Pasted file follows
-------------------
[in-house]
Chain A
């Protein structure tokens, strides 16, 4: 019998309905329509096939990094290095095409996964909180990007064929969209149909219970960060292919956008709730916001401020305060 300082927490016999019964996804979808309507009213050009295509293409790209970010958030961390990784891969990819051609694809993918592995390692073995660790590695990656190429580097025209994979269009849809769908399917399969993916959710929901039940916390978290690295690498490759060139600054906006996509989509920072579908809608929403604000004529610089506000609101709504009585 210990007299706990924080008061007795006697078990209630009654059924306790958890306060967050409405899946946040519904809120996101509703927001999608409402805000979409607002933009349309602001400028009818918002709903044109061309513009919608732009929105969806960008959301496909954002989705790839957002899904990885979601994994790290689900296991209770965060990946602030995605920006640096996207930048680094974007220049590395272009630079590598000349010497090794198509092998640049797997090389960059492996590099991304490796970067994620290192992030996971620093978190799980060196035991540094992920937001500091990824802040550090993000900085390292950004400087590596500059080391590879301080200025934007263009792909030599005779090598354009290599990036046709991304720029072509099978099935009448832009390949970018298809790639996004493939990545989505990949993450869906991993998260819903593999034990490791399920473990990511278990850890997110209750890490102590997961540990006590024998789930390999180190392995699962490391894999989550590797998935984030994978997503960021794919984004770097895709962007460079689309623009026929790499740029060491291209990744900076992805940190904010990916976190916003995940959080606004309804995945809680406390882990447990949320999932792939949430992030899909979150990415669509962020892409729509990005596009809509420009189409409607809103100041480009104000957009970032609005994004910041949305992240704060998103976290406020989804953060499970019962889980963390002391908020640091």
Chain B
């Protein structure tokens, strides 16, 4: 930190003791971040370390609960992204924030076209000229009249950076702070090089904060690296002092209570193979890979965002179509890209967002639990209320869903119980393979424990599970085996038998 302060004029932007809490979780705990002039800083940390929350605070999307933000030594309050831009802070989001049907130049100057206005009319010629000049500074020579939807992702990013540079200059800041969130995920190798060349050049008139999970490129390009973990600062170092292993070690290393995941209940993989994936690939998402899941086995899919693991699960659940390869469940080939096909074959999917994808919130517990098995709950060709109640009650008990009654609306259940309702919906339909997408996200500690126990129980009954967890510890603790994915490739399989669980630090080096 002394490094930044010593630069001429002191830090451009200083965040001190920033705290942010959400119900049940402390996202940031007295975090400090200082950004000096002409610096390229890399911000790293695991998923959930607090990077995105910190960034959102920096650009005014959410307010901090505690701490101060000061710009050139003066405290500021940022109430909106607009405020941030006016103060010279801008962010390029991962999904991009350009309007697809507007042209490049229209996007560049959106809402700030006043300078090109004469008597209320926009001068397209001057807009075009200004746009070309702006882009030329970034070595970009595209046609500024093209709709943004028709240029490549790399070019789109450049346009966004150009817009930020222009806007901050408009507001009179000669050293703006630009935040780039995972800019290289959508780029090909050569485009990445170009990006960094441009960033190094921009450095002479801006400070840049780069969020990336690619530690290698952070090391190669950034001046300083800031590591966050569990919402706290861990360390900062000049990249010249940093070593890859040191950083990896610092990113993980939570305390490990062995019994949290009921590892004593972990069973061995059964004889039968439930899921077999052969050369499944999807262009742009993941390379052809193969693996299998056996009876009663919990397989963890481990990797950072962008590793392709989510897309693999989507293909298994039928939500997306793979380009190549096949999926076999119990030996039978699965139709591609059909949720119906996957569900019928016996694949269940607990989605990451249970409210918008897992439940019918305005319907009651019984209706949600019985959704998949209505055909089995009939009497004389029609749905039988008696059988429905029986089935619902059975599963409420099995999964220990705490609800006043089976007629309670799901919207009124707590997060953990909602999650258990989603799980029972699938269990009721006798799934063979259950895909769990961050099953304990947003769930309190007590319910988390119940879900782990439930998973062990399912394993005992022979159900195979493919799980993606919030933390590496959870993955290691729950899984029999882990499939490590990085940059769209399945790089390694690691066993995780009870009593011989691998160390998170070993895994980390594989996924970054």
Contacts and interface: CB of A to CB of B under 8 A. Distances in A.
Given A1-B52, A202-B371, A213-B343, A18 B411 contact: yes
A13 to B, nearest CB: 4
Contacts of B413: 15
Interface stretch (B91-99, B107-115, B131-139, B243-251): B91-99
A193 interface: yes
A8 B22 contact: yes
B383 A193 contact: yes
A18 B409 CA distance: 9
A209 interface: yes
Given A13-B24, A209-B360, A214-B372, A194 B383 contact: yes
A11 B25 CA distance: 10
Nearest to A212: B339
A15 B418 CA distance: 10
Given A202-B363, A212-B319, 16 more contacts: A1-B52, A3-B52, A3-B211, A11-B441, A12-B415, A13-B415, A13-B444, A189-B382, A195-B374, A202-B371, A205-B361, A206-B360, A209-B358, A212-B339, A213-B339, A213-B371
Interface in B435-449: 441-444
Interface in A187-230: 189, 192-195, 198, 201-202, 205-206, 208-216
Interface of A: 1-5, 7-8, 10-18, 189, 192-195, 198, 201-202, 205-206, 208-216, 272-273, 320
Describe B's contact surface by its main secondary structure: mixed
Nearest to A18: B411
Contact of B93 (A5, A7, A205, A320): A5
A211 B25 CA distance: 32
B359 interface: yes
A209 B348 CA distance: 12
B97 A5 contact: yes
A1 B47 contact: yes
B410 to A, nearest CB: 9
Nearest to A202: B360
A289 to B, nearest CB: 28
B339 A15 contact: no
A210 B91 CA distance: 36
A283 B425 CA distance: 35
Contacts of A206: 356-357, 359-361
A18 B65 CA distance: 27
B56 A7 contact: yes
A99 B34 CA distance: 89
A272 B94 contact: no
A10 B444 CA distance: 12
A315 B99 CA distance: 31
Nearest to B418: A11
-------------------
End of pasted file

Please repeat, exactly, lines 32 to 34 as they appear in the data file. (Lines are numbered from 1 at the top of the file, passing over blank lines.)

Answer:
B410 to A, nearest CB: 9
Nearest to A202: B360
A289 to B, nearest CB: 28